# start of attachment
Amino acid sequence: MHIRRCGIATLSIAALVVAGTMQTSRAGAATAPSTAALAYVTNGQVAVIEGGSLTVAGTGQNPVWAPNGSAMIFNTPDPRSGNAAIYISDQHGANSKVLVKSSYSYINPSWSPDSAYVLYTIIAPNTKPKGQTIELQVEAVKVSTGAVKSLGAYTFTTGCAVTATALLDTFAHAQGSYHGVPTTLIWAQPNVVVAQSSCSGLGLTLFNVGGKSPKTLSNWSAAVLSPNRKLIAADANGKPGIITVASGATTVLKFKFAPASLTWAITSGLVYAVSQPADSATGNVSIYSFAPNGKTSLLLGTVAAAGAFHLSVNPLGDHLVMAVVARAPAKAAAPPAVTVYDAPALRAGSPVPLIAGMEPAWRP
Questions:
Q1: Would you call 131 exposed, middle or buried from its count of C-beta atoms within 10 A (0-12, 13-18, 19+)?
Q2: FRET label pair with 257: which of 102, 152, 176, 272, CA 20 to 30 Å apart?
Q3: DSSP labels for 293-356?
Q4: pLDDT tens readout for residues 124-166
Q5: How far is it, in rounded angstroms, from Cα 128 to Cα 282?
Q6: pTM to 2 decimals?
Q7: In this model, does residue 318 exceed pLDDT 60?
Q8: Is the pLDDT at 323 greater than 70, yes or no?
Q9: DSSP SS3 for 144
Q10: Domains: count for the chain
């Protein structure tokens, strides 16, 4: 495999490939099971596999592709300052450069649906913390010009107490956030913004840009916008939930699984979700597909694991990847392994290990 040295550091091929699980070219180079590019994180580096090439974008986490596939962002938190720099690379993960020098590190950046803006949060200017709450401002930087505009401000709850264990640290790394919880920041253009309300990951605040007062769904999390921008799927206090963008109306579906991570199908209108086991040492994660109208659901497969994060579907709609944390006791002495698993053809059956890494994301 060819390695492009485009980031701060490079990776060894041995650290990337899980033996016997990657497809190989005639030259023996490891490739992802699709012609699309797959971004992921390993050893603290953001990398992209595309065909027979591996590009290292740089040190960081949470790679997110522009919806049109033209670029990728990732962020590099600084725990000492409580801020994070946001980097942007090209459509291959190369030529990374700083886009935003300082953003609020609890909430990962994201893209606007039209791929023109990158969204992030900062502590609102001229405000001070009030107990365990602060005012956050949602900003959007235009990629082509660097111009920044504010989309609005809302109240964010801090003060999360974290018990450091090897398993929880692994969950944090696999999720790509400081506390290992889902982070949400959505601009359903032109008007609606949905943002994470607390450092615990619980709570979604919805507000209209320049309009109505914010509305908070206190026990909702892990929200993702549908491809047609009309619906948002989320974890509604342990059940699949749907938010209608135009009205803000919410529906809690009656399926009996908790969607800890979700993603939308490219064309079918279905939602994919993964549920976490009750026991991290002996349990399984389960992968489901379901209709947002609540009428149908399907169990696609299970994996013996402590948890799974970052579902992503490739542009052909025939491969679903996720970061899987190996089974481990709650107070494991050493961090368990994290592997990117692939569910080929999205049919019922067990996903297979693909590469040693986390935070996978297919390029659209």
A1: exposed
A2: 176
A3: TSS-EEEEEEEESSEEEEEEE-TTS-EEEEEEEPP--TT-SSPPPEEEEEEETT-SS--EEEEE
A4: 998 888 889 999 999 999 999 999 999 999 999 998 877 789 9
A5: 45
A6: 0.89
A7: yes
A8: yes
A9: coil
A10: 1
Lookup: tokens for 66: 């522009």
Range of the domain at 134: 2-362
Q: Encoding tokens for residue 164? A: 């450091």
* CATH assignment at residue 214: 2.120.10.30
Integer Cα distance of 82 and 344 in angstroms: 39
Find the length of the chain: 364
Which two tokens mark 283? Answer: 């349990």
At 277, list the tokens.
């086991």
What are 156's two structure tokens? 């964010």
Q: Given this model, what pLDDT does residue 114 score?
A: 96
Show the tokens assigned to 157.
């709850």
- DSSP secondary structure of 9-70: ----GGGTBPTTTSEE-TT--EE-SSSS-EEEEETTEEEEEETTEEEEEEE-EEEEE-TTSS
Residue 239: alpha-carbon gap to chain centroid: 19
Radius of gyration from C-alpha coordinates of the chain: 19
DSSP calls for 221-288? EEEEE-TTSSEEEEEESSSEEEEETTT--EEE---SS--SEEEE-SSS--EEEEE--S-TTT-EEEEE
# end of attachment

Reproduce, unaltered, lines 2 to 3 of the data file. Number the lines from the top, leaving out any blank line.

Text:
Questions:
Q1: Would you call 131 exposed, middle or buried from its count of C-beta atoms within 10 A (0-12, 13-18, 19+)?